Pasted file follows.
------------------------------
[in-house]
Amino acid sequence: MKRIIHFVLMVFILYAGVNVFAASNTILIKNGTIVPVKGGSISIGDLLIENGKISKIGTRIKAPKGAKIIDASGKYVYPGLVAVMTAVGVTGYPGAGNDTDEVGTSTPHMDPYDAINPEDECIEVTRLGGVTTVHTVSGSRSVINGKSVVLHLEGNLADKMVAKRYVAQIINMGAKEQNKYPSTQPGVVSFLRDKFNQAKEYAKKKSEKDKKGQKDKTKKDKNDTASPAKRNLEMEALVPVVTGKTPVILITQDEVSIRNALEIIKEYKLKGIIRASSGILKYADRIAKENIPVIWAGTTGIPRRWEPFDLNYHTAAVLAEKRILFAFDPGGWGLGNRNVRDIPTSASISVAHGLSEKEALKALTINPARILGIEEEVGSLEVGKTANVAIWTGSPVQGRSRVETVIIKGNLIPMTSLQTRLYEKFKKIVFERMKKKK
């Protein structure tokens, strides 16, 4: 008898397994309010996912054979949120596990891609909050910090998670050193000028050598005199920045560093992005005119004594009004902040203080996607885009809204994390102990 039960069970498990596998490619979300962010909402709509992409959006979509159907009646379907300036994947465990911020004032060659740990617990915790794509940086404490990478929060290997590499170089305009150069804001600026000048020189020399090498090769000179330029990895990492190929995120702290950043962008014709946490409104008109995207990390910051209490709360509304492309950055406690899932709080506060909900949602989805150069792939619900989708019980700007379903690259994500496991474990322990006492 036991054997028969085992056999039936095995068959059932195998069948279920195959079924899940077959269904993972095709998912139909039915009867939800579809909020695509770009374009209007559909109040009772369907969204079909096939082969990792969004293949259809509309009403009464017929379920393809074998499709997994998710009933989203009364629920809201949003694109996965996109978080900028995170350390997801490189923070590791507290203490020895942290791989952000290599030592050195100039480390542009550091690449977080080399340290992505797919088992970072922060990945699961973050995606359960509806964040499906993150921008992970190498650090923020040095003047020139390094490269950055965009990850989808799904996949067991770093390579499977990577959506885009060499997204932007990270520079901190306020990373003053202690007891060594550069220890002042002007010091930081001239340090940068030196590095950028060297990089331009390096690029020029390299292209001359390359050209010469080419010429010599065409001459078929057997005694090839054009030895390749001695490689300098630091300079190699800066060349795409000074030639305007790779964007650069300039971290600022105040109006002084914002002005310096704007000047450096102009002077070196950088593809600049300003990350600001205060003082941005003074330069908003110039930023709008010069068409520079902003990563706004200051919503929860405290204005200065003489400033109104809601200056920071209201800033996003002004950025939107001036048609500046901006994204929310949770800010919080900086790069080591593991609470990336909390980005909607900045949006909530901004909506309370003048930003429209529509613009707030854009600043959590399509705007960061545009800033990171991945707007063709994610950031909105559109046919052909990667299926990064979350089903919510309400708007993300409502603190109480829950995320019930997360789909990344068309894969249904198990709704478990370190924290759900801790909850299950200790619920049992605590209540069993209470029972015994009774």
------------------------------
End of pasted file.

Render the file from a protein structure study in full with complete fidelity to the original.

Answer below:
[in-house]
Amino acid sequence: MKRIIHFVLMVFILYAGVNVFAASNTILIKNGTIVPVKGGSISIGDLLIENGKISKIGTRIKAPKGAKIIDASGKYVYPGLVAVMTAVGVTGYPGAGNDTDEVGTSTPHMDPYDAINPEDECIEVTRLGGVTTVHTVSGSRSVINGKSVVLHLEGNLADKMVAKRYVAQIINMGAKEQNKYPSTQPGVVSFLRDKFNQAKEYAKKKSEKDKKGQKDKTKKDKNDTASPAKRNLEMEALVPVVTGKTPVILITQDEVSIRNALEIIKEYKLKGIIRASSGILKYADRIAKENIPVIWAGTTGIPRRWEPFDLNYHTAAVLAEKRILFAFDPGGWGLGNRNVRDIPTSASISVAHGLSEKEALKALTINPARILGIEEEVGSLEVGKTANVAIWTGSPVQGRSRVETVIIKGNLIPMTSLQTRLYEKFKKIVFERMKKKK
């Protein structure tokens, strides 16, 4: 008898397994309010996912054979949120596990891609909050910090998670050193000028050598005199920045560093992005005119004594009004902040203080996607885009809204994390102990 039960069970498990596998490619979300962010909402709509992409959006979509159907009646379907300036994947465990911020004032060659740990617990915790794509940086404490990478929060290997590499170089305009150069804001600026000048020189020399090498090769000179330029990895990492190929995120702290950043962008014709946490409104008109995207990390910051209490709360509304492309950055406690899932709080506060909900949602989805150069792939619900989708019980700007379903690259994500496991474990322990006492 036991054997028969085992056999039936095995068959059932195998069948279920195959079924899940077959269904993972095709998912139909039915009867939800579809909020695509770009374009209007559909109040009772369907969204079909096939082969990792969004293949259809509309009403009464017929379920393809074998499709997994998710009933989203009364629920809201949003694109996965996109978080900028995170350390997801490189923070590791507290203490020895942290791989952000290599030592050195100039480390542009550091690449977080080399340290992505797919088992970072922060990945699961973050995606359960509806964040499906993150921008992970190498650090923020040095003047020139390094490269950055965009990850989808799904996949067991770093390579499977990577959506885009060499997204932007990270520079901190306020990373003053202690007891060594550069220890002042002007010091930081001239340090940068030196590095950028060297990089331009390096690029020029390299292209001359390359050209010469080419010429010599065409001459078929057997005694090839054009030895390749001695490689300098630091300079190699800066060349795409000074030639305007790779964007650069300039971290600022105040109006002084914002002005310096704007000047450096102009002077070196950088593809600049300003990350600001205060003082941005003074330069908003110039930023709008010069068409520079902003990563706004200051919503929860405290204005200065003489400033109104809601200056920071209201800033996003002004950025939107001036048609500046901006994204929310949770800010919080900086790069080591593991609470990336909390980005909607900045949006909530901004909506309370003048930003429209529509613009707030854009600043959590399509705007960061545009800033990171991945707007063709994610950031909105559109046919052909990667299926990064979350089903919510309400708007993300409502603190109480829950995320019930997360789909990344068309894969249904198990709704478990370190924290759900801790909850299950200790619920049992605590209540069993209470029972015994009774």